The State’s Role In Maritime, Port Economy Discussed At PMAWCA Council Meeting

The plenary sessions of the 40th Council Meeting of the Port Management Association of West and Central Africa centered on discussions such as The Role of the state in the maritime and port economy- experiences of PMAWCA’s ports in relation to worldwide practices and the involvement of public and communal regulatory authorities in the management and the development plan of port and maritime activities.

The issue of investments by private mergers and financial institutions in the maritime and port economy were also discussed vis a vis encountered restrictions and challenges to overcome.

The General Manager for Corporate Planning at GPHA, Samuel Ntow-Kummi in his presentation indicated that Ghana’s Port Authority operates on sound commercial principles, although it doesn’t operate under the company code.

“The Port Authority is required to operate on sound commercial principles and it receives no budgetary allocation from the government. This means if we are going to grow and develop the ports, sound management of the port, efficient cooperation between the stakeholders and all agencies are critical to ensure that the Port goals and objectives are met, “he said.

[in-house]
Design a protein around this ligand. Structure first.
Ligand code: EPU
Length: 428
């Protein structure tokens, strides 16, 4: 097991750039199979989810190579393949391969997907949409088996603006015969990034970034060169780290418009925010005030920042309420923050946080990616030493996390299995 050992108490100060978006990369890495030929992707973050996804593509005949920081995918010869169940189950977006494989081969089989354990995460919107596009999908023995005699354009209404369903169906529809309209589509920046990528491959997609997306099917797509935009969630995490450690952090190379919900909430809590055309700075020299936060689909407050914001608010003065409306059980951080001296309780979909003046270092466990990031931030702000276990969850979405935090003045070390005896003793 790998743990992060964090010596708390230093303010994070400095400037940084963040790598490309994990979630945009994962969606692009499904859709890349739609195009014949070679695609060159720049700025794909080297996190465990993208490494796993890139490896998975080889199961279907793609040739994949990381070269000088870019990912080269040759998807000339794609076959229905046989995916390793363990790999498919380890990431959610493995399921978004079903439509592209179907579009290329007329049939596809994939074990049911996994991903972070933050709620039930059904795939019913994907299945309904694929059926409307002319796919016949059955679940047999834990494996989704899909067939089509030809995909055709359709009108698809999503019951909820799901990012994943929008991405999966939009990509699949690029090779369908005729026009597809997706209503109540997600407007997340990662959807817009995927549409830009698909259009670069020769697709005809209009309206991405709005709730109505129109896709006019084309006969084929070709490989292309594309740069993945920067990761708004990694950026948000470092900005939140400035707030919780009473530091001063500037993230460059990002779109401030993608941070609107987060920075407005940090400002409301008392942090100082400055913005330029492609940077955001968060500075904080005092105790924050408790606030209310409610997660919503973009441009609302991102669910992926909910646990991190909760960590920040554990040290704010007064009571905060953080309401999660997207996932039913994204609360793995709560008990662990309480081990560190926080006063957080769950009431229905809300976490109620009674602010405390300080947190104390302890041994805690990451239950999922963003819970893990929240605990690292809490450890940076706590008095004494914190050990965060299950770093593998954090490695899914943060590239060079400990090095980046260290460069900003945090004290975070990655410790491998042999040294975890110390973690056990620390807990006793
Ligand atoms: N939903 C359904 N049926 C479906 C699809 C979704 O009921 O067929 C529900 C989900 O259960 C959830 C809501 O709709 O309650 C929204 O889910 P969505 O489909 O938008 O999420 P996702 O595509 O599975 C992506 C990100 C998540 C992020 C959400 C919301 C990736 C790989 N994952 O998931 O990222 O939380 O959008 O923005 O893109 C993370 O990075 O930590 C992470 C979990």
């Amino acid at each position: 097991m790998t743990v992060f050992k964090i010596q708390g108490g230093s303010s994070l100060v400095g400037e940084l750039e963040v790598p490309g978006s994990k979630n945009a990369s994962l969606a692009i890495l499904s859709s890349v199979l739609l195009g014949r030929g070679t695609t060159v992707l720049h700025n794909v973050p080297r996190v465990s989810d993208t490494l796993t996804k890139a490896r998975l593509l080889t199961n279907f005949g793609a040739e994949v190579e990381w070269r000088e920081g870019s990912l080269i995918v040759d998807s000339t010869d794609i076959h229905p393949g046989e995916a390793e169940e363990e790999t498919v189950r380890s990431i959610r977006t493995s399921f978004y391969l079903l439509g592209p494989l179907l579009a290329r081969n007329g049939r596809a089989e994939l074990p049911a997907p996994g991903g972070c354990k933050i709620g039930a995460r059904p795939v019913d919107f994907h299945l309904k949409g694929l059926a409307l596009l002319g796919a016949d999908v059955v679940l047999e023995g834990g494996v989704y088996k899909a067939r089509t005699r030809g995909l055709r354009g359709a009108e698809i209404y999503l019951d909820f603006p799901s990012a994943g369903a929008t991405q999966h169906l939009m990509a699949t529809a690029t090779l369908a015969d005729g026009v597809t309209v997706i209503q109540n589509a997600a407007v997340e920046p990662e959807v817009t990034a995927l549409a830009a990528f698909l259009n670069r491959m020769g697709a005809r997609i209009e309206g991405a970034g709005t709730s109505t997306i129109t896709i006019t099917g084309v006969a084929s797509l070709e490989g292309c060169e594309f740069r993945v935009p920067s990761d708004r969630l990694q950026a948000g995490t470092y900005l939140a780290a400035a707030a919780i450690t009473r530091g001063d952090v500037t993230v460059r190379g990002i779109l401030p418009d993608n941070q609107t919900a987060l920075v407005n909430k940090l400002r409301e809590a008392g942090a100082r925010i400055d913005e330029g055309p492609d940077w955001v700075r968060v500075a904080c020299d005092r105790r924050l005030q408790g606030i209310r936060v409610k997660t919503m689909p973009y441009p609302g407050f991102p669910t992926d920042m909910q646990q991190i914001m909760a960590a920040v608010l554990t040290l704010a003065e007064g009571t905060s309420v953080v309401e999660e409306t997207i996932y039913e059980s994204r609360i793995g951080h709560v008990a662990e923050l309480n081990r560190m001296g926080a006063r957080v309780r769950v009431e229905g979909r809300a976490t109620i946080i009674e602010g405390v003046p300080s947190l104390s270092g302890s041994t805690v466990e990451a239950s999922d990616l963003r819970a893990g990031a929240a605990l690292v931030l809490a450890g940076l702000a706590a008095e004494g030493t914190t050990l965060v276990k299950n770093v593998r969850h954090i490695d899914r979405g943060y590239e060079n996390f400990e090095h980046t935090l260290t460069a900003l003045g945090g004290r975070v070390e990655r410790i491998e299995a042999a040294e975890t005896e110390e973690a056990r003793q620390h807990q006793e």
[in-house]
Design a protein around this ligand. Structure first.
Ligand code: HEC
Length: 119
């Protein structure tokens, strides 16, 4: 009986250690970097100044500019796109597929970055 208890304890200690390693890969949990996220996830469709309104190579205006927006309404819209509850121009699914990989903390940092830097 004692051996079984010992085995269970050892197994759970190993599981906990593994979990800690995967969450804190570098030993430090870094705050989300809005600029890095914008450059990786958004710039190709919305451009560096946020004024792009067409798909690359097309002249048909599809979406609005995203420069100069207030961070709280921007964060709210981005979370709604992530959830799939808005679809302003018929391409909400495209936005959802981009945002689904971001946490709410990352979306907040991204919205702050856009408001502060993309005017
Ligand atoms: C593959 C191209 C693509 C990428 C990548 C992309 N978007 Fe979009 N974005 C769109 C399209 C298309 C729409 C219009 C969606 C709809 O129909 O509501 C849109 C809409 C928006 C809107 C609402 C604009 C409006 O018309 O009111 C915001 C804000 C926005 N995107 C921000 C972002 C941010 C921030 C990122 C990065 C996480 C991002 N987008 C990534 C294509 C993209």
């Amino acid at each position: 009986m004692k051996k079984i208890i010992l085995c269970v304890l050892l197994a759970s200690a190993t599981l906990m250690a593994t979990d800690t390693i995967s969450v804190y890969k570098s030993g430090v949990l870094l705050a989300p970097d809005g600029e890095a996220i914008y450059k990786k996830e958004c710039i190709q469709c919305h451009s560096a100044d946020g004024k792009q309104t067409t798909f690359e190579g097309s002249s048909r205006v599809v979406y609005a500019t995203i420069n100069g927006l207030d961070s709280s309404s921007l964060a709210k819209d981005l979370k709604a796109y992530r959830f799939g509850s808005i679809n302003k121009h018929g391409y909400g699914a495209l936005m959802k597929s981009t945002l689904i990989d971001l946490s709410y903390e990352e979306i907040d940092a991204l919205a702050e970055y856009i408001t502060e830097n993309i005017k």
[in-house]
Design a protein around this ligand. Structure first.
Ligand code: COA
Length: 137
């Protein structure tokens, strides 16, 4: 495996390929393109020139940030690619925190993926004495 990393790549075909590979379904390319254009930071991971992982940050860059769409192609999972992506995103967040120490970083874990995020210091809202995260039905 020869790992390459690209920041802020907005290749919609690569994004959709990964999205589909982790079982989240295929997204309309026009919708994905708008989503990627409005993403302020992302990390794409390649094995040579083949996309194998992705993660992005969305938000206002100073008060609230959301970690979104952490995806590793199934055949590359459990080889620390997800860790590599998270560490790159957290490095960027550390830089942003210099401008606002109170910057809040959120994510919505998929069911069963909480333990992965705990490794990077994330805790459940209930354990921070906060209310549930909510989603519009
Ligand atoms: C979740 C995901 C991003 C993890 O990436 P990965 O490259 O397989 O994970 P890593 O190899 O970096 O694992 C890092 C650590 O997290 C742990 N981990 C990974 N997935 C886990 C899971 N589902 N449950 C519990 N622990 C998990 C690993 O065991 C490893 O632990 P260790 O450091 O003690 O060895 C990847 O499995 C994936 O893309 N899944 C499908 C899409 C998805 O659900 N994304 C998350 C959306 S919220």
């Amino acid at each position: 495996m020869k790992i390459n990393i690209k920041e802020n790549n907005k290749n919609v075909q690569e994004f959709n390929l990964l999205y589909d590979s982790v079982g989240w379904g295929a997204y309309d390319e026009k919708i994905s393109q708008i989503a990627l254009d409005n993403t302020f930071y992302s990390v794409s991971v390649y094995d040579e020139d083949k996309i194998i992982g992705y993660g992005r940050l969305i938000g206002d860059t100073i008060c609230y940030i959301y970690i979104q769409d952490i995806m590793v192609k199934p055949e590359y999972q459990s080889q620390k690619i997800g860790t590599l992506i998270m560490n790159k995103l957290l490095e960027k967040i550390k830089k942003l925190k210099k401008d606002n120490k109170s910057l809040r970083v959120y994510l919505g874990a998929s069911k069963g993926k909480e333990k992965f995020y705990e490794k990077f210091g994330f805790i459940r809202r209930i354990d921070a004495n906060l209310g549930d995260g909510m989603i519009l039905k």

He said the port authority has granted various concessions and licenses to private operators in the port and currently handles less than 10% of cargo in the port.

The Managing Director of Abidjan Port called on governments to create an enabling investment for private investments in Ports so as to obtain necessary gains for development.

The Director-General of Sierra Leone Port Authority advised African Ports not to allow multinationals and private investors to short-change them in the name of investments. 

“There are a lot of cowboys out there who think Africa is a gold mine and they will come to Africa to inflate their cost in what they invest and go away. And that is affecting productivity. They tend to spike the tariffs when they are offering services which make people say the port is expensive,” he cited.
He said the mantra that governments should completely stay off investing from ports investments should not be wholly accepted.

“Government has a role to play in terms of investment. Some of the assets have to be government assets because some of the assets have security implications. For example tugboats,” he emphasized.

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